Material and methods: This was a prospective randomized study including 74 patients admitted in the Clinic of Intensive Care of the County Clinical Emergency Hospital Tirgu Mure., divided into two groups: Group S: patients with sepsis (n=40, 54%) and Group C: control, without sepsis (n=34, 46%). ANG-2 levels were determined in both groups.

Results: From the Group S, 14 patients (35%) had positive haemocultures. ANG-2 values varied between 1 and 43 ng/mL, with an average of 6.0 ng/mL in patients without sepsis and 10.38 ng/mL in patients with sepsis (p=0.021). A positive correlation between ANG-2 and SAPS II, SOFA and APACHE II severity scores was demonstrated, as was a positive correlation between serum levels of ANG-2 and procalcitonine. ANG-2 had a 5.71% specificity and 74.36% sensitivity for diagnosis of sepsis.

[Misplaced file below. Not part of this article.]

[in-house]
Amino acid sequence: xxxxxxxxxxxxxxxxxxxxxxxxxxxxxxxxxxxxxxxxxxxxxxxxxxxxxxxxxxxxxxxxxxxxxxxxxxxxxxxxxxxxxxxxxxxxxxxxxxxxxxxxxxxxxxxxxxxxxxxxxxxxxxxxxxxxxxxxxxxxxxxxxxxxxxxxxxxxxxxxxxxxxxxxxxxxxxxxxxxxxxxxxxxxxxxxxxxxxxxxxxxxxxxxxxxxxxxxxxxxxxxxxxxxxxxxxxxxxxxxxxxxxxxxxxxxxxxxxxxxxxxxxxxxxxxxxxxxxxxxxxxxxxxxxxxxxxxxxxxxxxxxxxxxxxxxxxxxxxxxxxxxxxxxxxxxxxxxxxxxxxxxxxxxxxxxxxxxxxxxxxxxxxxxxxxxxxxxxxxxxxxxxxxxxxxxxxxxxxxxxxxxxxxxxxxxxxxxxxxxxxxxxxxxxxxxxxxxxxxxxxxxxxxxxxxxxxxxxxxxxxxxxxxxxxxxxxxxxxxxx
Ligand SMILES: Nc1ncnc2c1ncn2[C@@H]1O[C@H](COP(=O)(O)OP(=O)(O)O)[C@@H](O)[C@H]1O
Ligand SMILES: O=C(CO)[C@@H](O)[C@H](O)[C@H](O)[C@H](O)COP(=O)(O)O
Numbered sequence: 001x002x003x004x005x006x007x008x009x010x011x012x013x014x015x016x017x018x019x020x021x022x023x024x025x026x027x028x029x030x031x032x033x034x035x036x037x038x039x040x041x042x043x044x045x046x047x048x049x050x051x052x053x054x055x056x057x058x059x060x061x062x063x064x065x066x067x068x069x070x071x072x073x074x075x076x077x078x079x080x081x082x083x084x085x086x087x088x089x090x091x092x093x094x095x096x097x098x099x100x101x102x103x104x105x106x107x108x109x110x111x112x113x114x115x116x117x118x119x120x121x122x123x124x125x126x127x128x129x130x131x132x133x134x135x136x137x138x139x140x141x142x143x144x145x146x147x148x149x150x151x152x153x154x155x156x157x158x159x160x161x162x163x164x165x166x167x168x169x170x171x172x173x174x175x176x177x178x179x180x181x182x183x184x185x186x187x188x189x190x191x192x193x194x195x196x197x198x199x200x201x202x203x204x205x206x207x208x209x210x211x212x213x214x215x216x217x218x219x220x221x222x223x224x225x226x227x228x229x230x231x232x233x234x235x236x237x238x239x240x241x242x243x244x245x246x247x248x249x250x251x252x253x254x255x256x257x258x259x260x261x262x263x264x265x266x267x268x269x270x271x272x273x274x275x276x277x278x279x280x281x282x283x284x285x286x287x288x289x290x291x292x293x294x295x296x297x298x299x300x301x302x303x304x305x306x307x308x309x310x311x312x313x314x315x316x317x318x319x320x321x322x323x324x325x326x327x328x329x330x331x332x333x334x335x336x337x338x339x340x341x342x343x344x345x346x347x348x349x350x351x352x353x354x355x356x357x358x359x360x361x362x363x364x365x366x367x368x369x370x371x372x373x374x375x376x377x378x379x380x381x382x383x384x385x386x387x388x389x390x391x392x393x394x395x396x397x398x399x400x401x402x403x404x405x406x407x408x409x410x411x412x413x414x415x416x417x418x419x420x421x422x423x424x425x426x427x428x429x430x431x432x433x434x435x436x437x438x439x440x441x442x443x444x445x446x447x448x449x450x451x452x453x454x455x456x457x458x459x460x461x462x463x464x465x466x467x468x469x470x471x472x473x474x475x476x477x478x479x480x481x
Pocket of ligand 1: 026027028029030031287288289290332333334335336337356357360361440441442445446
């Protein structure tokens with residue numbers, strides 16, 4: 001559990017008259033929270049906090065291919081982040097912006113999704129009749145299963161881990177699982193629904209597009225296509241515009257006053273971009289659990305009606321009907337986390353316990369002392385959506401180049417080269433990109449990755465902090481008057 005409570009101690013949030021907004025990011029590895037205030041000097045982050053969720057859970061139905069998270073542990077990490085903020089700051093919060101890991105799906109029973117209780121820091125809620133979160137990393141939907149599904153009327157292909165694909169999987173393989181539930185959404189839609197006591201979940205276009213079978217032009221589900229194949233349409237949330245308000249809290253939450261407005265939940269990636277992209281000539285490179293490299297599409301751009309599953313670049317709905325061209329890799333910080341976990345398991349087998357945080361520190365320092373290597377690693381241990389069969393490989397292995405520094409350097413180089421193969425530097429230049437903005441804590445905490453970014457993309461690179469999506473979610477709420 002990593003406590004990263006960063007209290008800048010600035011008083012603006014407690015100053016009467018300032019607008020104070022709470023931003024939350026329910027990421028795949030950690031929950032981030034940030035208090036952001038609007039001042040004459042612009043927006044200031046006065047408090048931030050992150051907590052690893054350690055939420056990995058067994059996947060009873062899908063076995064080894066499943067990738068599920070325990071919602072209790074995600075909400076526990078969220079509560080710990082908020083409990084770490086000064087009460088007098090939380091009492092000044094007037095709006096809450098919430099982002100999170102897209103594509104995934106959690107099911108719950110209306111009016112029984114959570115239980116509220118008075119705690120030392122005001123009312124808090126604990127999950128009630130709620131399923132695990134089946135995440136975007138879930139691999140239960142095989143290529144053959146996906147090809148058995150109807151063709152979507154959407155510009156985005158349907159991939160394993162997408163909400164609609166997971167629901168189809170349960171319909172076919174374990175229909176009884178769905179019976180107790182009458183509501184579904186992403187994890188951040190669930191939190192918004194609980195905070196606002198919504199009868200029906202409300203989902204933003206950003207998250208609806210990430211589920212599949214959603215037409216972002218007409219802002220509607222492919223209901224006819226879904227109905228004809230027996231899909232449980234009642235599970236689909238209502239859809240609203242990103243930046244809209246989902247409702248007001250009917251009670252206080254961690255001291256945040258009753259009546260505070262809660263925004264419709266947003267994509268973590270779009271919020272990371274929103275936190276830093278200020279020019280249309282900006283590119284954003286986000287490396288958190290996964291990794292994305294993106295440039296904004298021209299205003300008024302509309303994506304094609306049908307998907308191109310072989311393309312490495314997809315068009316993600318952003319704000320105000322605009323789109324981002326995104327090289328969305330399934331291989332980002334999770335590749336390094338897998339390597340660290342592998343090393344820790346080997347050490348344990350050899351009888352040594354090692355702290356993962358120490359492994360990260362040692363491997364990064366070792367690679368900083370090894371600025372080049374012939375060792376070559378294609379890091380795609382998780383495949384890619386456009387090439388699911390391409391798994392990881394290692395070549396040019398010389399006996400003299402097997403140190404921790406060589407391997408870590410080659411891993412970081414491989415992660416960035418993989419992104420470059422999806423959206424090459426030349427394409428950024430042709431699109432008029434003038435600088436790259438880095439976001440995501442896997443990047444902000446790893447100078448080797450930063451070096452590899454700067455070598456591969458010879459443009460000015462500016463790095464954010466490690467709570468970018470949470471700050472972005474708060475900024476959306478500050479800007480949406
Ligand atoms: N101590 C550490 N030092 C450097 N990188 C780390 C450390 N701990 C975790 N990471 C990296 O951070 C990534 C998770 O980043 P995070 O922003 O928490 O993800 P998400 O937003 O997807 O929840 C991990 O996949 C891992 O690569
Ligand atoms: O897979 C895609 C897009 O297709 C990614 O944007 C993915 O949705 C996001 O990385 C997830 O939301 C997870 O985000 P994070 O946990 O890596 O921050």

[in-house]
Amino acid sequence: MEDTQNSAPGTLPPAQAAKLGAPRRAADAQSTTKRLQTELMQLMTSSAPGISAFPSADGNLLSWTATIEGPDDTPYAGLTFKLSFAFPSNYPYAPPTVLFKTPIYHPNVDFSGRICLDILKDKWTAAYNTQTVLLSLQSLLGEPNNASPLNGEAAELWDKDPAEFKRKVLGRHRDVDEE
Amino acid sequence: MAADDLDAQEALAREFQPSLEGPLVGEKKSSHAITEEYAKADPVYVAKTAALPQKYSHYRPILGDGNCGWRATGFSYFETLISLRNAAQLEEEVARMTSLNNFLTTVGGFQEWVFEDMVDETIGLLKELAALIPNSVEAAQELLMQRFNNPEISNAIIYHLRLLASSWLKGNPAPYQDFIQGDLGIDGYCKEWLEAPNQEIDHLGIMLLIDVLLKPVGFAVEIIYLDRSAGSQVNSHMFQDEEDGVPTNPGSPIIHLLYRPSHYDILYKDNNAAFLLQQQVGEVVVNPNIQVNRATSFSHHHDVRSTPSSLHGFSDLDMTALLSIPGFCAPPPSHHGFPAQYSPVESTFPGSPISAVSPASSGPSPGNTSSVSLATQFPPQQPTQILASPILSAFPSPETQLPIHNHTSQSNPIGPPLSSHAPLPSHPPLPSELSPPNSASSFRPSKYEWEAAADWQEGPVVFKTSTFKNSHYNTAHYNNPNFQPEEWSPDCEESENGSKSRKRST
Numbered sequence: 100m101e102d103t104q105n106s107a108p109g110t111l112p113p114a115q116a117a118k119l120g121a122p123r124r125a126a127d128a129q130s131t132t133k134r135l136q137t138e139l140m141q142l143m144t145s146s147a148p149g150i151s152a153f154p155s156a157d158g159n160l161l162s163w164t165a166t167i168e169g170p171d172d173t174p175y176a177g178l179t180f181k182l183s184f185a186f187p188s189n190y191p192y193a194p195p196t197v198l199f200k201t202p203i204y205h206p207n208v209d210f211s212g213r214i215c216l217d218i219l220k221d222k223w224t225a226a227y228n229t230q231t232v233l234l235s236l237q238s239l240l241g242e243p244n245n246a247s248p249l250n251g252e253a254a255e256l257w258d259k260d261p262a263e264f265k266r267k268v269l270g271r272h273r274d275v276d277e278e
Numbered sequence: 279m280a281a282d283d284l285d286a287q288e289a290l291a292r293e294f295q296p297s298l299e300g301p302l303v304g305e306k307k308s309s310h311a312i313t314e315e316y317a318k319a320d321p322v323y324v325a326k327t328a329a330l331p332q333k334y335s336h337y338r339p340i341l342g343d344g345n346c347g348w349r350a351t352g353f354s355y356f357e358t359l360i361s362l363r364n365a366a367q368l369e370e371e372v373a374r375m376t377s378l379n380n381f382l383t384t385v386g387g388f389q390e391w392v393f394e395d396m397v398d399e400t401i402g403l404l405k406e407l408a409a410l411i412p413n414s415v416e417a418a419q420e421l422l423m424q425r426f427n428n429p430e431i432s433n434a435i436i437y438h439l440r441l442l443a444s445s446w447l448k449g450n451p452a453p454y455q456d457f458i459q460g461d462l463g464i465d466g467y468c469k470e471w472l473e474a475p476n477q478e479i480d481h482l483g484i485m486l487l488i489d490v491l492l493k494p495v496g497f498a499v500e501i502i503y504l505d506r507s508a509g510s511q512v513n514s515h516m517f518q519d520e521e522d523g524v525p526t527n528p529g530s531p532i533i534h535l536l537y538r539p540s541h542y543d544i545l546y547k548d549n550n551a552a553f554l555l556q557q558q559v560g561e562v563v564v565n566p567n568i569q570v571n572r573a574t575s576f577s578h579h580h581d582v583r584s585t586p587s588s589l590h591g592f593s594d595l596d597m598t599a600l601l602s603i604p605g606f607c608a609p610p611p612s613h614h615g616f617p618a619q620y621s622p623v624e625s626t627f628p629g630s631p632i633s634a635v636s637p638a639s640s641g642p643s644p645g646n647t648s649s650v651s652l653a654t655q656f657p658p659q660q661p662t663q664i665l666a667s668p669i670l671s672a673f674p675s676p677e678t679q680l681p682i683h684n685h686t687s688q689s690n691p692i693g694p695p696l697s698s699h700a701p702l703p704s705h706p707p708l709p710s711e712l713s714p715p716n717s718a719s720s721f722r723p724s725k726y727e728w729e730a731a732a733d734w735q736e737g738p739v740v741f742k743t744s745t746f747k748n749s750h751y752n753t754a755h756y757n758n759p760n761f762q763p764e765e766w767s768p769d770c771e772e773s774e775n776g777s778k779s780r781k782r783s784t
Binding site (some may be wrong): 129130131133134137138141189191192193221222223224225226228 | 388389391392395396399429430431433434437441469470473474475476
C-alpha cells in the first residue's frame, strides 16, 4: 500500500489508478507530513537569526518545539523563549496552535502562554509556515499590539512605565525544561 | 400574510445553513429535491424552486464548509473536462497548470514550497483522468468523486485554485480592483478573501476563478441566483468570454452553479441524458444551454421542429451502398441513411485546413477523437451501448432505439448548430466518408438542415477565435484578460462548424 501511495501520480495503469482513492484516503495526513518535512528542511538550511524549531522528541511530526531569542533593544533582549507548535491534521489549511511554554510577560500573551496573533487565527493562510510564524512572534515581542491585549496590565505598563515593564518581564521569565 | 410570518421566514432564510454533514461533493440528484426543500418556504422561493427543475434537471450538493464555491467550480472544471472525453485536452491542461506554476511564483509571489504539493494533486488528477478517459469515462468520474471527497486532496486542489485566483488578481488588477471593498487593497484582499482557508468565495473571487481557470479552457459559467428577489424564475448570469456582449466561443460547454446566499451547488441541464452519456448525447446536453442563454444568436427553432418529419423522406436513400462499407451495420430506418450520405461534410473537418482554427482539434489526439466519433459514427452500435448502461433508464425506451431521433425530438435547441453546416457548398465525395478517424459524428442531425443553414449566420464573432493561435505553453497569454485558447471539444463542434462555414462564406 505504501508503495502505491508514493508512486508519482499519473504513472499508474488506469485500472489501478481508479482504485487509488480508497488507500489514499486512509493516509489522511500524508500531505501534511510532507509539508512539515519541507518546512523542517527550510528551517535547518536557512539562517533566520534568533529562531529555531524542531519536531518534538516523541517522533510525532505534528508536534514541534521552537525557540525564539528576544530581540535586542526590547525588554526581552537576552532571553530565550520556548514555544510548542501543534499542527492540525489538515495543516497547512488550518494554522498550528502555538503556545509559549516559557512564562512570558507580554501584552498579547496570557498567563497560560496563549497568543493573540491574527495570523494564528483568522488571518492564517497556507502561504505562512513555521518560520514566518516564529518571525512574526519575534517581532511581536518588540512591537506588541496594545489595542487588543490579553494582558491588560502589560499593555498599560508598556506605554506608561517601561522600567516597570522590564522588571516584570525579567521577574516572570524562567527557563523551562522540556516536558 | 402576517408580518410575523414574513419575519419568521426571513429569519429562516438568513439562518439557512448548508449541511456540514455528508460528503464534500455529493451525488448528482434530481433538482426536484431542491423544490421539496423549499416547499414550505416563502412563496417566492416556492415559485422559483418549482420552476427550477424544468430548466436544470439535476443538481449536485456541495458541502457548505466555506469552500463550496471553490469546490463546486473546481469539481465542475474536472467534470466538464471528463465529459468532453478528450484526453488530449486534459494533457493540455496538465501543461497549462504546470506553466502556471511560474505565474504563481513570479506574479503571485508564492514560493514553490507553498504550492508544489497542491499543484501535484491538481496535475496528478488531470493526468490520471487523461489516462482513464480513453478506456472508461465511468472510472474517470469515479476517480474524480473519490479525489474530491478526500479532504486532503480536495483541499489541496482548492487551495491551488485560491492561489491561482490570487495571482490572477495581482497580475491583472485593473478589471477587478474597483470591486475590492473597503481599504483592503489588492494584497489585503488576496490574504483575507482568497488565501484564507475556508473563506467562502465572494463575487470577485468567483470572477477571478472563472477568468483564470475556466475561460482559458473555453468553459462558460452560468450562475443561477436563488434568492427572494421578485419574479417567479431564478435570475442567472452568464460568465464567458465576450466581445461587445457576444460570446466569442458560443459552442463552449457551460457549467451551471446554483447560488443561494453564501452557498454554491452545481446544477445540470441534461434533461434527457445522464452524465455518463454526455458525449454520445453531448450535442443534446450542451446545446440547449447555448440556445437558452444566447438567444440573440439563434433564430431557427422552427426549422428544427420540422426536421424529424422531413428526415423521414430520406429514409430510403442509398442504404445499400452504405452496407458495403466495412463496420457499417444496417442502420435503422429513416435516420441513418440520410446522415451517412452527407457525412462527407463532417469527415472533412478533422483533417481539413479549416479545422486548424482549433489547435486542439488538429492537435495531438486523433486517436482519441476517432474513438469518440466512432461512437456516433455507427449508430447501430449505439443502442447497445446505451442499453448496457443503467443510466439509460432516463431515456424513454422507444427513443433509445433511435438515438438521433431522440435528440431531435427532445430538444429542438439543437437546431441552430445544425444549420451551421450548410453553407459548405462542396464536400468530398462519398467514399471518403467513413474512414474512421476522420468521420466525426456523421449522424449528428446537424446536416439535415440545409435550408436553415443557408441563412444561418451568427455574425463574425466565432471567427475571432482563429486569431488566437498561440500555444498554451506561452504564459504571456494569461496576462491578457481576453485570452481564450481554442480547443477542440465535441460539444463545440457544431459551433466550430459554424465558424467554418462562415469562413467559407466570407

Conclusions: ANG-2 serum levels were elevated in sepsis, being well correlated with PCT values and prognostic scores. ANG-2 should be considered as a useful biomarker for the diagnosis and the prognosis of this pathology.

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The Use of Novel Adopters for Acute Rib Fixation in Critical Chest Trauma, Undertaken by Orthopaedic Surgeons: an Observational Cohort Study

Abstract